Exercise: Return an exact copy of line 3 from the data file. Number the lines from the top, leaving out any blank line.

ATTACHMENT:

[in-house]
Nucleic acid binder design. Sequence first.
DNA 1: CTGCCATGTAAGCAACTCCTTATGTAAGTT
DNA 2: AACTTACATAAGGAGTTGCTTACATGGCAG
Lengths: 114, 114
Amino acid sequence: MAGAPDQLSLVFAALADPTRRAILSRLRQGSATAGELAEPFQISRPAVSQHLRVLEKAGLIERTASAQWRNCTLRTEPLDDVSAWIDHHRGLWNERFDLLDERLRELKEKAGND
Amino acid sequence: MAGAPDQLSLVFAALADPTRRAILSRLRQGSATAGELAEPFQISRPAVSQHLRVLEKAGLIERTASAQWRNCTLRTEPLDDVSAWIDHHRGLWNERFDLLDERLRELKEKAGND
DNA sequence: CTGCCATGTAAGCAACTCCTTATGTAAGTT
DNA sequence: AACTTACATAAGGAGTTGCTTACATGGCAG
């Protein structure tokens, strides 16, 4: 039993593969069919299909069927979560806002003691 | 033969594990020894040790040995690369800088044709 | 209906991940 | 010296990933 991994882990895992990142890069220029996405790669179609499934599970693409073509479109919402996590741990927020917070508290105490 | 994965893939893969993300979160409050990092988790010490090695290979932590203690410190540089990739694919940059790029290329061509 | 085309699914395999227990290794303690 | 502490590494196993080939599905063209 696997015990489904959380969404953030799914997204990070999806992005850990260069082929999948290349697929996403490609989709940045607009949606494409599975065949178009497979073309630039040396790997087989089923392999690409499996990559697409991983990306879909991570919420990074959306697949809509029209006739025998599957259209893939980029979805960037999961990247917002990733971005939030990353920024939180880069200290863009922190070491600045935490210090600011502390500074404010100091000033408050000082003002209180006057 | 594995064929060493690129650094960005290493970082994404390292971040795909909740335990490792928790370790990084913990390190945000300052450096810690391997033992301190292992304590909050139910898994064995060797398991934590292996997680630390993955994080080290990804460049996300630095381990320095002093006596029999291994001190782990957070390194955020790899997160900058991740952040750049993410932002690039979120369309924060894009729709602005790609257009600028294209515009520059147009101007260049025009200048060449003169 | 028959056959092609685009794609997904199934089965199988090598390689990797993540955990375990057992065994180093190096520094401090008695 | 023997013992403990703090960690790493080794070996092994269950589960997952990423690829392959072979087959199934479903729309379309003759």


DNA 1: CTGCCATGTAAGCAACTCCTTATGTAAGTT